1. Neva, I would have been down that same rabbit hole. The ‘madam’s’ story, oh that is a gem. History does offer so much when we take the time to dig it out. Thahk you for sharing the madam story. Doris


    2. An admirer, eh? Some guy who wanted to make the madam ugly, upset over her having a roving eye? My first thought before I reread what you wrote was that a jealous, enraged rival did the nose cutting.


  2. What a captivating post Doris. Your posts are so full of character and facts. This particular one I really like because of the turn it took and all the golden information you found that you can further explore. I really enjoy it when my research leads me on a side path that sometimes turns out to be even more interesting than the original research. Can’t wait for your next post!


    1. Linda, thank you. This find was one of the more interesting ones, but who knows what I will find next. I’ve filled this one away for futher research, for I know I want to follow up on some tantalizing peices that popped up. Research is such a gold mine of forgotten and disjointed information. Onward to the libraries. Doris


  3. Intriguing and educational post, Doris! I admire your dedication to research and history and I love the educational aspect of your blog posts! I suspect you’ve discovered another interesting story to create, enact, and/or educate others about. Best to you as you continue your research, develop your stories, and educate your audiences/readers!


    1. Gayle, thank you. You are right, this is another story I probably can’t let this one go. And to tell the truth, I don’t mind. My problem, so many ‘rabbit holes’ so little time. Doris


  4. Cant wait to hear more historical details of this doctor and her father as you uncover it. Hope Remington got his just desserts. Maybe he was a member of the Remington Firearms family, and they protected him?


    1. I don’t know, Mike. if he was ever punished. I’m going to try the prison records. I did find in other accounts, although where they got their information I haven’t found out, it was someone else. Oh the mystery. I’ll keep you informed. As far I could find, this is the only time he’s mentioned in the area. (SIGH). But I do love the chase and will keep you in the loop. Doris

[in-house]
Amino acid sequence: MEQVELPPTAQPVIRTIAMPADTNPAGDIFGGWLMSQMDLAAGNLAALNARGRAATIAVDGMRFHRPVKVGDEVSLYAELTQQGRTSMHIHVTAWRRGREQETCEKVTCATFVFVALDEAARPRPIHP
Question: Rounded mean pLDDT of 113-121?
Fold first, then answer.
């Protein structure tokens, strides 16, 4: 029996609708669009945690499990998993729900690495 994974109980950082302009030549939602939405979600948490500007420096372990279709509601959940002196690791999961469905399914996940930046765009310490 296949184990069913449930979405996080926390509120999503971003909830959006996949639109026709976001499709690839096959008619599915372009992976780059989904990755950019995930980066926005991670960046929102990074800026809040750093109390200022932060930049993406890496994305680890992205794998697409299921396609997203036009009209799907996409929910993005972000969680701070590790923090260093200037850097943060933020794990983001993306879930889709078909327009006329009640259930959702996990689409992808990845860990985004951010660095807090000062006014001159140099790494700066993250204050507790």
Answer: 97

5. A $300 reward sounds pretty high to me making me think there would have been many out looking for Remington. I agree that little setbacks can only make you more determined to keep researching till all roads are dead-ends. Mike’s theory about the Remington family occurred to me as well and i know only that it’s the name of a firearms maker. For me it’s pure word association but I;m pretty sure many cover-ups happened then as they can still do now.


    1. So true, Nancy, but I did find an Albert Remington who was doing life in the prison system in Indiana. Are they the same? I don’t know, but it is a lead. Perhaps I should have been a dective, but because I have to know for sure, the suspects would pass on by the time I figured it out. (SMILE). Thanks for stopping by and adding to the possibilities. Doris


    1. Ah Kathy, I’ve found a few rabbits, but less often than you would think. Perhaps due to the nature of their choice of careers may have something to do with it. Thanks for the kind words. Doris


  6. You do run across a lot of interesting and unexpected trails to follow, Doris. Your dedication in following them is inspiring. 🙂 You must have so many historical facts packed into your head!


    1. Stephanie, I do have so much finding these pieces of information. For me the stories come out in my fiction and non-fiction and I love it. One of the practices to help with my memory is to file these pieces of stories in my brain and pull them out at opportune times. (Smile) Thank you Stephanie for the kind words. Doris


  7. I was so thrilled to read about Dr. Jo. She happens to be a distant relative. My Great Grandmpther was Ethel Nachtrieb and my Mother I believe was named after Dr Jo. She was Ethel JoAnn Carson. I was looking up from a medical stand point of my relitives with medical backgrounds. I have been in the veterinary side of the medical profession and was looking for any and all medically related persons in my past. I feel proud that perhaps this wonderful woman had a place in history that was so important. Thank You for your time in the rabbit holes to bring this to light. Gina LeeAnn Olsen.


Leave a Reply

Fill in your details below or click an icon to log in:

WordPress.com Logo

You are commenting using your WordPress.com account. Log Out /  Change )

Google+ photo

You are commenting using your Google+ account. Log Out /  Change )

Twitter picture

You are commenting using your Twitter account. Log Out /  Change )

Facebook photo

You are commenting using your Facebook account. Log Out /  Change )


Connecting to %s

This site uses Akismet to reduce spam. Learn how your comment data is processed.